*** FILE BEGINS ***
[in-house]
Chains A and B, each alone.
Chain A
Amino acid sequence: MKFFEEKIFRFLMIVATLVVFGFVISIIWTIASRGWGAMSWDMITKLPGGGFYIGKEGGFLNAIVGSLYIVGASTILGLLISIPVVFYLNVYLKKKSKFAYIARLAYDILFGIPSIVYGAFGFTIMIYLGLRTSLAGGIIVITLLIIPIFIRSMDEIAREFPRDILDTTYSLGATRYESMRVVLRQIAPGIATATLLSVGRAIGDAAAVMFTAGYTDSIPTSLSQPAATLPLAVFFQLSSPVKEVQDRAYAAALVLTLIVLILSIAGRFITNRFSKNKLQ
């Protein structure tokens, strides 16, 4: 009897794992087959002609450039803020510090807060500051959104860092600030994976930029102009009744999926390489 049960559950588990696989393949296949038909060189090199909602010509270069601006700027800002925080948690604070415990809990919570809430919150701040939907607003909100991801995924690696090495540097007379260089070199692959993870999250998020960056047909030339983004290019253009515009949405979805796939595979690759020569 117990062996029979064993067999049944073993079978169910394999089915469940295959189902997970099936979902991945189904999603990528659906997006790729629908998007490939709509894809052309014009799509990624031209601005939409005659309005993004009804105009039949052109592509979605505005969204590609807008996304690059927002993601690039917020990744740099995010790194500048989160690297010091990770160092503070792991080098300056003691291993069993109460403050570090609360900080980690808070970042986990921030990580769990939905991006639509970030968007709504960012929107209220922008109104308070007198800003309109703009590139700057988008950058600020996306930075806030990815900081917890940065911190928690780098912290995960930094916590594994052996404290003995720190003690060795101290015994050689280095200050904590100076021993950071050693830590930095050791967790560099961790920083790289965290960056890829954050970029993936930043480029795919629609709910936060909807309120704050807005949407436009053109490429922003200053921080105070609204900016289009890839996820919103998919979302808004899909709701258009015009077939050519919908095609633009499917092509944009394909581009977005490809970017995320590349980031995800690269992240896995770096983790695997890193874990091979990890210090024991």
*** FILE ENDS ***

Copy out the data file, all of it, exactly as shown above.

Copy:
[in-house]
Chains A and B, each alone.
Chain A
Amino acid sequence: MKFFEEKIFRFLMIVATLVVFGFVISIIWTIASRGWGAMSWDMITKLPGGGFYIGKEGGFLNAIVGSLYIVGASTILGLLISIPVVFYLNVYLKKKSKFAYIARLAYDILFGIPSIVYGAFGFTIMIYLGLRTSLAGGIIVITLLIIPIFIRSMDEIAREFPRDILDTTYSLGATRYESMRVVLRQIAPGIATATLLSVGRAIGDAAAVMFTAGYTDSIPTSLSQPAATLPLAVFFQLSSPVKEVQDRAYAAALVLTLIVLILSIAGRFITNRFSKNKLQ
């Protein structure tokens, strides 16, 4: 009897794992087959002609450039803020510090807060500051959104860092600030994976930029102009009744999926390489 049960559950588990696989393949296949038909060189090199909602010509270069601006700027800002925080948690604070415990809990919570809430919150701040939907607003909100991801995924690696090495540097007379260089070199692959993870999250998020960056047909030339983004290019253009515009949405979805796939595979690759020569 117990062996029979064993067999049944073993079978169910394999089915469940295959189902997970099936979902991945189904999603990528659906997006790729629908998007490939709509894809052309014009799509990624031209601005939409005659309005993004009804105009039949052109592509979605505005969204590609807008996304690059927002993601690039917020990744740099995010790194500048989160690297010091990770160092503070792991080098300056003691291993069993109460403050570090609360900080980690808070970042986990921030990580769990939905991006639509970030968007709504960012929107209220922008109104308070007198800003309109703009590139700057988008950058600020996306930075806030990815900081917890940065911190928690780098912290995960930094916590594994052996404290003995720190003690060795101290015994050689280095200050904590100076021993950071050693830590930095050791967790560099961790920083790289965290960056890829954050970029993936930043480029795919629609709910936060909807309120704050807005949407436009053109490429922003200053921080105070609204900016289009890839996820919103998919979302808004899909709701258009015009077939050519919908095609633009499917092509944009394909581009977005490809970017995320590349980031995800690269992240896995770096983790695997890193874990091979990890210090024991």